Gemini project

It occurred to me that I've probably never talked about my early computer efforts. And SOME were interesting.. My 1st taste of the '60s "real world" was as a IBM co-op from RPI at Owego NY where IBM had their Federal systems division. In Sept '61 I wrote a memory test program for the onboard computer for the Gemini spacecraft. It was the 1st time I was finger printed.. so I could work on a "Top Secret" project. So, for the 1st time, I was checked out by the FBI. (Would it be it were the last!!; but that's a story in another category and another day) Neighbors at home were use to FBI visits because my Dad would periodically get checked for Summer work as a Customs agent.. (Treasury Dept..). Well, the clearance finally came about 3 weeks before the end of my assignment. Most people in the group were working on Titan rocket program stuff and would disappear occasionally to travel for an on-site blastoff. I never had that pleasure..

I think the source code was 7090 assembly code. Although, I had taken a Fortran course, I think it was unuseful for what was essentially a sensor testing project. The weirdest thing was patching binary punched cards, so that you could bypass the 3-4 hour turnaround time of a batch assembly run on the 7090. You'd figure out, at most a 3 instruction change, say changing a tix to txi. Convert the binary representation to octal; find it's card in the deck; and it's column on the binary card; dupe the card up to that column, make the change and continue duping. And if you forgot to turn off the card checksum at the end of the card; it was all for nought.. This was the only IBM location where I used a small, handheld machine which would let you manually punch a few holes in a card. Binary cards were still used into the late 60s in Poughkeepsie. I still have punch-ed card Christmas Wreath made of old punch cards; Liz would spraypaint them silver or gold…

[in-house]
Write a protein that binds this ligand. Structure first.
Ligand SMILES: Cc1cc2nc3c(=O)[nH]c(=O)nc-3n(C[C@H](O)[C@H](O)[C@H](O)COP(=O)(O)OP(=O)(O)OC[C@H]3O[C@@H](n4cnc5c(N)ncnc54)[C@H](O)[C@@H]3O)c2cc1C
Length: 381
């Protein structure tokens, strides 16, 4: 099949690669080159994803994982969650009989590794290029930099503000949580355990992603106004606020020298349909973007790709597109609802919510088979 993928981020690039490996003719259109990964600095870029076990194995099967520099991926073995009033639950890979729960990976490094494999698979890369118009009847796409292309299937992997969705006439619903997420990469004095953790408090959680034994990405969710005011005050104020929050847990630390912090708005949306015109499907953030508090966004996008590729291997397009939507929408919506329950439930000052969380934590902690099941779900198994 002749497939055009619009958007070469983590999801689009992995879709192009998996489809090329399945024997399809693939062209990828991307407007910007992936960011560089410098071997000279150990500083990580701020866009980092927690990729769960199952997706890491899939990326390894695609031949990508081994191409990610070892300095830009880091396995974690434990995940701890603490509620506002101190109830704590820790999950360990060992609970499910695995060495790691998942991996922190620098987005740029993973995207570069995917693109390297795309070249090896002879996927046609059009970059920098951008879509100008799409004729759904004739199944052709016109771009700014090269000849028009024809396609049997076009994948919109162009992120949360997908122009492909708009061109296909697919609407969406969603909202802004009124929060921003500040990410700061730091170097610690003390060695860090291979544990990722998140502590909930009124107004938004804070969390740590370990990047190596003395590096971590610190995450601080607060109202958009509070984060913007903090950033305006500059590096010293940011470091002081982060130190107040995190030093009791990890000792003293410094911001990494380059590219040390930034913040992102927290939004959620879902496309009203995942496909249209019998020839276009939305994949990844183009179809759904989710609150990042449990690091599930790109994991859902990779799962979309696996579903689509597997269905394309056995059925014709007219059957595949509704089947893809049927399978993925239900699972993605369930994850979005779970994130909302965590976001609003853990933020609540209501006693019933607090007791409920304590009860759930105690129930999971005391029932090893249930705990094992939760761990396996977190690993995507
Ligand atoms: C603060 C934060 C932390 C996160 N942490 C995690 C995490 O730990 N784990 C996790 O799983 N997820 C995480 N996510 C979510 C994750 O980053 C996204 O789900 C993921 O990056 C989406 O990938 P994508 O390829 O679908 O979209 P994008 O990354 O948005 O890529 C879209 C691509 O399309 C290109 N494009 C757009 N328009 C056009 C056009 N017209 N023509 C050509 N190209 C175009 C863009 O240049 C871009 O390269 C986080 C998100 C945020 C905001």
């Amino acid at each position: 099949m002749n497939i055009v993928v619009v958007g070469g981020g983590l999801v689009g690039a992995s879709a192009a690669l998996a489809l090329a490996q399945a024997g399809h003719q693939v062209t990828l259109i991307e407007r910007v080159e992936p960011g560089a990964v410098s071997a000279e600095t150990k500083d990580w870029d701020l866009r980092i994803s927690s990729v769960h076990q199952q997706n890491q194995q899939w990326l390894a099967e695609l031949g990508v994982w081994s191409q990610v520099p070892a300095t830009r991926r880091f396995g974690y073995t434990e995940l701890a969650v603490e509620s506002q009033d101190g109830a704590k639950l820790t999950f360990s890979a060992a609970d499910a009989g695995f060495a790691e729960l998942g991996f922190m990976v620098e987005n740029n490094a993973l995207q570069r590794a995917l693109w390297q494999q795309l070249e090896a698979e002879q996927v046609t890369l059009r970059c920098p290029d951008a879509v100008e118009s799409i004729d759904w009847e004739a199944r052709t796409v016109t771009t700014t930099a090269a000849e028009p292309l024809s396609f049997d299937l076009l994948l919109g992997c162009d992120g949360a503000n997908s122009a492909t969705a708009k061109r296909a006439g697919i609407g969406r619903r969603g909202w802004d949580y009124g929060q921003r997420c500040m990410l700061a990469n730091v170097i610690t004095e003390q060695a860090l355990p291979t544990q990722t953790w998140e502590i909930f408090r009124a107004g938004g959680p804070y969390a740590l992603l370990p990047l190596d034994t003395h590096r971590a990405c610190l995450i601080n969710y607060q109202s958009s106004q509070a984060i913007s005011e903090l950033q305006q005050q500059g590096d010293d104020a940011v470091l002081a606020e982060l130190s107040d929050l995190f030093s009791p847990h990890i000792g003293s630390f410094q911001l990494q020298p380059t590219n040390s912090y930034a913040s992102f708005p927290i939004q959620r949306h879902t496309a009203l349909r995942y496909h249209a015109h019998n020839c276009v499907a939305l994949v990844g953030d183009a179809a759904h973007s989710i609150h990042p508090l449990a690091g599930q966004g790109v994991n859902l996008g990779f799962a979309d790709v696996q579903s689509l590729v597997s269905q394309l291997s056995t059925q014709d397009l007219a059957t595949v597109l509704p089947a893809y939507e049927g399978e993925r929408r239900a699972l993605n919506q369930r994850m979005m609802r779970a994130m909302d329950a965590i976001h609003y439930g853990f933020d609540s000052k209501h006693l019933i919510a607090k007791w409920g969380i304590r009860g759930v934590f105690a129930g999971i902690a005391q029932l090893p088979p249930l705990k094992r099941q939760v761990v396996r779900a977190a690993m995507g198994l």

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Retired recovering IBMer

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